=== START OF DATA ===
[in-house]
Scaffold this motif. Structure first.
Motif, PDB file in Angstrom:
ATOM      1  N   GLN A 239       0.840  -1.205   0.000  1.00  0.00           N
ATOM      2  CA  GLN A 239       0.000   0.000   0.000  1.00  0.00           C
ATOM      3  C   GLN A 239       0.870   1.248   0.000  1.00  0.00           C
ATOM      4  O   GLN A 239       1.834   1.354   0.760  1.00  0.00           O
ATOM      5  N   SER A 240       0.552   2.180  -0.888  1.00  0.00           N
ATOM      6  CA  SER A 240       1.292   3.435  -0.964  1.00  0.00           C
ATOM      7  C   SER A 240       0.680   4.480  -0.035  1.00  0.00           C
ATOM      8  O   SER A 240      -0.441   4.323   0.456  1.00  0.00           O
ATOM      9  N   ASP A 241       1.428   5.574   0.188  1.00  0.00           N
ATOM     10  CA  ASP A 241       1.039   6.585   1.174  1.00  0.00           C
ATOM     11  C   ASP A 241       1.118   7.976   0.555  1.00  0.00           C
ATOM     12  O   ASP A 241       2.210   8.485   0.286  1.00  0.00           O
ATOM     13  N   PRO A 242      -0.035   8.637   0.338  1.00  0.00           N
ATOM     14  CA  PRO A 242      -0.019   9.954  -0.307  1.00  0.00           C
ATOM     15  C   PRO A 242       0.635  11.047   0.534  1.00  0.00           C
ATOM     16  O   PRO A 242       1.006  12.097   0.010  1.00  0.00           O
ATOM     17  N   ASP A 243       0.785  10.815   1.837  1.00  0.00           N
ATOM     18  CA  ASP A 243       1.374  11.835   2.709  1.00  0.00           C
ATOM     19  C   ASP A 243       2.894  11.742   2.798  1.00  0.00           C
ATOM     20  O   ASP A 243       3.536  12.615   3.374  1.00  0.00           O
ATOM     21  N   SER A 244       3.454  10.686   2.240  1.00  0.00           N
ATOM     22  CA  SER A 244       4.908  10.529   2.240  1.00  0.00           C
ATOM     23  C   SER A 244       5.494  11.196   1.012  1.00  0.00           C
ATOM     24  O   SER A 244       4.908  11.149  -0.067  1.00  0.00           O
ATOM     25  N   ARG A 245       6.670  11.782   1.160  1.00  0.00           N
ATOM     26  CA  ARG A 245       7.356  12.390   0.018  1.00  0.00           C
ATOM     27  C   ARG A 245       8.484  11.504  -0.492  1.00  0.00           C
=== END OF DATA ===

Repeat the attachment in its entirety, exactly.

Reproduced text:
[in-house]
Scaffold this motif. Structure first.
Motif, PDB file in Angstrom:
ATOM      1  N   GLN A 239       0.840  -1.205   0.000  1.00  0.00           N
ATOM      2  CA  GLN A 239       0.000   0.000   0.000  1.00  0.00           C
ATOM      3  C   GLN A 239       0.870   1.248   0.000  1.00  0.00           C
ATOM      4  O   GLN A 239       1.834   1.354   0.760  1.00  0.00           O
ATOM      5  N   SER A 240       0.552   2.180  -0.888  1.00  0.00           N
ATOM      6  CA  SER A 240       1.292   3.435  -0.964  1.00  0.00           C
ATOM      7  C   SER A 240       0.680   4.480  -0.035  1.00  0.00           C
ATOM      8  O   SER A 240      -0.441   4.323   0.456  1.00  0.00           O
ATOM      9  N   ASP A 241       1.428   5.574   0.188  1.00  0.00           N
ATOM     10  CA  ASP A 241       1.039   6.585   1.174  1.00  0.00           C
ATOM     11  C   ASP A 241       1.118   7.976   0.555  1.00  0.00           C
ATOM     12  O   ASP A 241       2.210   8.485   0.286  1.00  0.00           O
ATOM     13  N   PRO A 242      -0.035   8.637   0.338  1.00  0.00           N
ATOM     14  CA  PRO A 242      -0.019   9.954  -0.307  1.00  0.00           C
ATOM     15  C   PRO A 242       0.635  11.047   0.534  1.00  0.00           C
ATOM     16  O   PRO A 242       1.006  12.097   0.010  1.00  0.00           O
ATOM     17  N   ASP A 243       0.785  10.815   1.837  1.00  0.00           N
ATOM     18  CA  ASP A 243       1.374  11.835   2.709  1.00  0.00           C
ATOM     19  C   ASP A 243       2.894  11.742   2.798  1.00  0.00           C
ATOM     20  O   ASP A 243       3.536  12.615   3.374  1.00  0.00           O
ATOM     21  N   SER A 244       3.454  10.686   2.240  1.00  0.00           N
ATOM     22  CA  SER A 244       4.908  10.529   2.240  1.00  0.00           C
ATOM     23  C   SER A 244       5.494  11.196   1.012  1.00  0.00           C
ATOM     24  O   SER A 244       4.908  11.149  -0.067  1.00  0.00           O
ATOM     25  N   ARG A 245       6.670  11.782   1.160  1.00  0.00           N
ATOM     26  CA  ARG A 245       7.356  12.390   0.018  1.00  0.00           C
ATOM     27  C   ARG A 245       8.484  11.504  -0.492  1.00  0.00           C